“Hi, everyone.” Stu held up his hand up for attention. “I’m Stu. I’m glad to see so many undead faces here tonight. I know most of you. We’ve got Patty and Chuck here, who rode with me. Then we’ve got Cole Cutts, Char Broyle, Hammond Ecks, Brock Wurst, Lambert Rackov, Barbi Kue, and Chip LeBeuf.” He pointed people out as he spoke.
Nash’s stomach rumbled in loud protest. “Oh, why do they all have to sound so tasty?” Nash complained. “I’m already so hungry I could eat an ass!”
“Not advisable. Donkey meat is rather … coarse.”
“Who said anything about donkey meat? You tryin’ to be an ass?”
“Pipe down,” Ramon ordered.
“What if he asks our names?” Nash said in a low voice.
“Um, we’re … Abbott and Costello.”
“Not important.” Ramon glanced around. “Just growl and groan like them.”
“That’s wrong,” Nash complained. “Why would any hunter make noise before a kill?”
“‘Cause they’re pretending,” Ramon said tersely. “Keep your voice down.”
“Listen up!” It was Stu again. “Thirty-five people signed up to be zombies, so we’ve split into two groups. Only seven people signed up to play living characters. The human victims will gather at the center of the park. We’ll drive them to the West, and Troy’s group of zombies will be forming up at the other end of the park. Our plan is to trap the tasty humans between us, and then we eat every last living being. Let’s do it!”
The group began moving in the indicated direction. Stu looked back and saw Ramon walking haltingly. “Stop walking normally, people—I mean, fellow undead. Look at that guy in the back. Now that’s how we should all walk! Arms up and held out in front of you. Uhhh. Uhhhhhh!”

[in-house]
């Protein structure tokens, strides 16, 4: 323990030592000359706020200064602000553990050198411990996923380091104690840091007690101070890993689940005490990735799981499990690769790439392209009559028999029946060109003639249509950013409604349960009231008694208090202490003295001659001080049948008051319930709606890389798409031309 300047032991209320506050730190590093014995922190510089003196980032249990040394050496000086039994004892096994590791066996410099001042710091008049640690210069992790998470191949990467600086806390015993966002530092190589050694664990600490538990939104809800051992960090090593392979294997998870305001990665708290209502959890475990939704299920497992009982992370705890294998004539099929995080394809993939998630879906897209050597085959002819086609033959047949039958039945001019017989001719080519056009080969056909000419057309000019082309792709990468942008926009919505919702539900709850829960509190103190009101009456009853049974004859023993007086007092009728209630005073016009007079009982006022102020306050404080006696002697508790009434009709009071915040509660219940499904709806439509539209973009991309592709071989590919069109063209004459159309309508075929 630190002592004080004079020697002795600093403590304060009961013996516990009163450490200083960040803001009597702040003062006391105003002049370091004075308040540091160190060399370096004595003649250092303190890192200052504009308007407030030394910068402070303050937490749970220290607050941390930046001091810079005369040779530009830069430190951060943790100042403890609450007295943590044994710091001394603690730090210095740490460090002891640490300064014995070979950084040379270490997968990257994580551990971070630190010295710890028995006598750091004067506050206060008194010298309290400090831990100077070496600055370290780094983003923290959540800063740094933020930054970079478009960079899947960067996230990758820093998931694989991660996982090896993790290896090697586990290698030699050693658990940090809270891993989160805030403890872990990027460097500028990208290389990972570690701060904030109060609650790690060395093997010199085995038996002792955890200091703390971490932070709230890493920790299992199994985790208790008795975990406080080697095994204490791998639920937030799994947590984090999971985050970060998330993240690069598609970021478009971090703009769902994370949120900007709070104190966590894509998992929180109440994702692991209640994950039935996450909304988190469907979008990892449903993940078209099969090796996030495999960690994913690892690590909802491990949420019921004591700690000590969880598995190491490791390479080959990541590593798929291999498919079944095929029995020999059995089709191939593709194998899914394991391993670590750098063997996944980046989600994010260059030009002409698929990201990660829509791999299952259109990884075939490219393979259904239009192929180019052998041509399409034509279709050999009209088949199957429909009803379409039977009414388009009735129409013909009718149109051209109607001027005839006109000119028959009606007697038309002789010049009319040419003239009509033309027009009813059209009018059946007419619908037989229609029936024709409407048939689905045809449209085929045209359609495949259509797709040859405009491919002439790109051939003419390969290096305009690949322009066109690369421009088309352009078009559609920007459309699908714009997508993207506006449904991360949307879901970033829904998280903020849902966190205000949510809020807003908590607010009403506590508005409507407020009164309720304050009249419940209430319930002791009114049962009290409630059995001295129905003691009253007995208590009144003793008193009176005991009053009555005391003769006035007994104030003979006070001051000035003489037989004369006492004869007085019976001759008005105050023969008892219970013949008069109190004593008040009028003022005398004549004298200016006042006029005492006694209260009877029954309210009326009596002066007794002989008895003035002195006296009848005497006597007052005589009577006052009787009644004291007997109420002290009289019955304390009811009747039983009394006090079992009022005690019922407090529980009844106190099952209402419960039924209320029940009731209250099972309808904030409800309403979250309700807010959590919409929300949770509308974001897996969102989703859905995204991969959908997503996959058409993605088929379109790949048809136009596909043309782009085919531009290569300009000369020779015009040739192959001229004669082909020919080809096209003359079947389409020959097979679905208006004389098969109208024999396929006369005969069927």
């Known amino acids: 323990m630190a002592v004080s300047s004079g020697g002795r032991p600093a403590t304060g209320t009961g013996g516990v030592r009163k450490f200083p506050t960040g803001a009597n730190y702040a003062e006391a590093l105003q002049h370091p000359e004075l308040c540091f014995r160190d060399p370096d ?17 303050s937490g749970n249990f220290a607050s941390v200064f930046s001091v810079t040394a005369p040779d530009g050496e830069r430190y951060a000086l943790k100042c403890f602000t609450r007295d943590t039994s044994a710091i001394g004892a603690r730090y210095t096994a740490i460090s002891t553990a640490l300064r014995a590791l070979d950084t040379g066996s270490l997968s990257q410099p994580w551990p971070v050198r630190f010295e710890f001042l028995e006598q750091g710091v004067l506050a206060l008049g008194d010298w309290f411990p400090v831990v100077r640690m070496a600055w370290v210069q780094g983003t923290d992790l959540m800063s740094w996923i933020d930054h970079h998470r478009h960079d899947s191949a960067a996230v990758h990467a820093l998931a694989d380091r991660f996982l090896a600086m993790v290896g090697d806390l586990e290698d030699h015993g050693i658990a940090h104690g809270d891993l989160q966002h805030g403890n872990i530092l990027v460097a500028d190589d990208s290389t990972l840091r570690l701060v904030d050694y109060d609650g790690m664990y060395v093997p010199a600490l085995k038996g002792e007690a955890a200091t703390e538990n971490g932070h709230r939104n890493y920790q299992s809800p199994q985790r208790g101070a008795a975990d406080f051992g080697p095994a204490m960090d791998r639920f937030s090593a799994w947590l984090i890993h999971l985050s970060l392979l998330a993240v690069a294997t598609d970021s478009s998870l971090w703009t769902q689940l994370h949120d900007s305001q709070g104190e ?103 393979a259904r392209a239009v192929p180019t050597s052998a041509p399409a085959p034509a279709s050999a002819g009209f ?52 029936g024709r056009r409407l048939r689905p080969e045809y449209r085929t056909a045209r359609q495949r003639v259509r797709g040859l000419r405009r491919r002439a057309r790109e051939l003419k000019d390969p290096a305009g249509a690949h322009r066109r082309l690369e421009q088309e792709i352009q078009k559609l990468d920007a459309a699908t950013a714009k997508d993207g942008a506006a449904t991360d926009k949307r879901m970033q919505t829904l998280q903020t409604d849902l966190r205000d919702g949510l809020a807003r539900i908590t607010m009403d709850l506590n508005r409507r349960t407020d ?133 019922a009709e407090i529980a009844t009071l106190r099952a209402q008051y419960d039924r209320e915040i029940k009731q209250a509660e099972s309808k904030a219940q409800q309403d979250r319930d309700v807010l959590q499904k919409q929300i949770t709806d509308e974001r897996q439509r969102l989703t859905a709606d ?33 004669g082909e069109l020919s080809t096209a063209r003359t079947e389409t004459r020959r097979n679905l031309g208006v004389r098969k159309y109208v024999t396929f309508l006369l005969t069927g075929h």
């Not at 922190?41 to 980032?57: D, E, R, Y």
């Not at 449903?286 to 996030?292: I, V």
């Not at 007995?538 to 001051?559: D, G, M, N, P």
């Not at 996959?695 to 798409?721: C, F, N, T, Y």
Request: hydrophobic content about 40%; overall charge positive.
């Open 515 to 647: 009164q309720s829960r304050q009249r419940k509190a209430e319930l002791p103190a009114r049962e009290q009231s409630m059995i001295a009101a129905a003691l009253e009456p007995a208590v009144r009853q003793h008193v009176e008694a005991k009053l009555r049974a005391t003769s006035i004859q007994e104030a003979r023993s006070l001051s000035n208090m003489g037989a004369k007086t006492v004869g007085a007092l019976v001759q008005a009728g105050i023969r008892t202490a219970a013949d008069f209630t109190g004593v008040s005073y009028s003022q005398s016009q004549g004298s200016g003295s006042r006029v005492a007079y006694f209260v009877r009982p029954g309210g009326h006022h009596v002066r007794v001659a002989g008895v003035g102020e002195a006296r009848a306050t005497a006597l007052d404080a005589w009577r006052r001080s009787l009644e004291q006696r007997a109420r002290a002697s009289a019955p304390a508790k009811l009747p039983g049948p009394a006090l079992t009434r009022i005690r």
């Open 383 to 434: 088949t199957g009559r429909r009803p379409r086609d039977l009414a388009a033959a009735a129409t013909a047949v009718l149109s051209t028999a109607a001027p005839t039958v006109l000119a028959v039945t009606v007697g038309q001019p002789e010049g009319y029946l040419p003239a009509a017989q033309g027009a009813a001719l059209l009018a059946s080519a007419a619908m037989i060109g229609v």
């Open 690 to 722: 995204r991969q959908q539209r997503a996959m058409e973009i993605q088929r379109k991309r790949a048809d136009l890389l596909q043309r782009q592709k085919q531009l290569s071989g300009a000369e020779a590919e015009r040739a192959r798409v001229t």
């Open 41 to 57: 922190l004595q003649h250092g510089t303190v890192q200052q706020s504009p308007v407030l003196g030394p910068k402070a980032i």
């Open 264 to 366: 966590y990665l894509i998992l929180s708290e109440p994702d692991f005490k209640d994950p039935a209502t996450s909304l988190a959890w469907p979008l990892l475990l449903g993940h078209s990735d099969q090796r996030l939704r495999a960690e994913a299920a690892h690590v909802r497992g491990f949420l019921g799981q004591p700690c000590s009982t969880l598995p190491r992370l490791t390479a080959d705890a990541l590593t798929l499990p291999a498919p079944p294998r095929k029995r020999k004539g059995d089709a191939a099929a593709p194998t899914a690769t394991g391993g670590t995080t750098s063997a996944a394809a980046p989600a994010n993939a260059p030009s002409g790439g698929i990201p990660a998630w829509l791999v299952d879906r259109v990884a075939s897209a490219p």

Several pretenders gave Ramon dirty looks, but backed off at Ramon’s unblinking stare.
As promised, human victims loitered at the center of the park, but began to move away when the zombie horde shambled closer. Ramon put a hand on Nash’s arm and steered him to the side, where a young man and woman were slipping toward a cluster of trees. The young woman laughed and said something that Nash and Ramon couldn’t hear, but her tone and movements were clearly suggestive.
“Always go for the young lovers,” Ramon whispered. “Distracted humans make great prey. The rest of these pretend undead numb-nuts can follow the big herd of food, and we’ll corner the boy and girl in a hidden spot.”
“Right.” Nash nodded and licked his lips. “Forget the numb-nuts. Let’s get us some num-nums.”
Ramon grinned. “They’ll be num-nums in a minute. But be quiet, we don’t want to spook them.”
“Young love is wonderful,” Ramon said reverently. “Slipping away to become wrapped up in each other—and easy to sneak up on. They’ll taste wonderful, tender and with flawless circulation.” Ramon licked his lips. “Dibs on the young woman’s brain.”
“Fine by me.”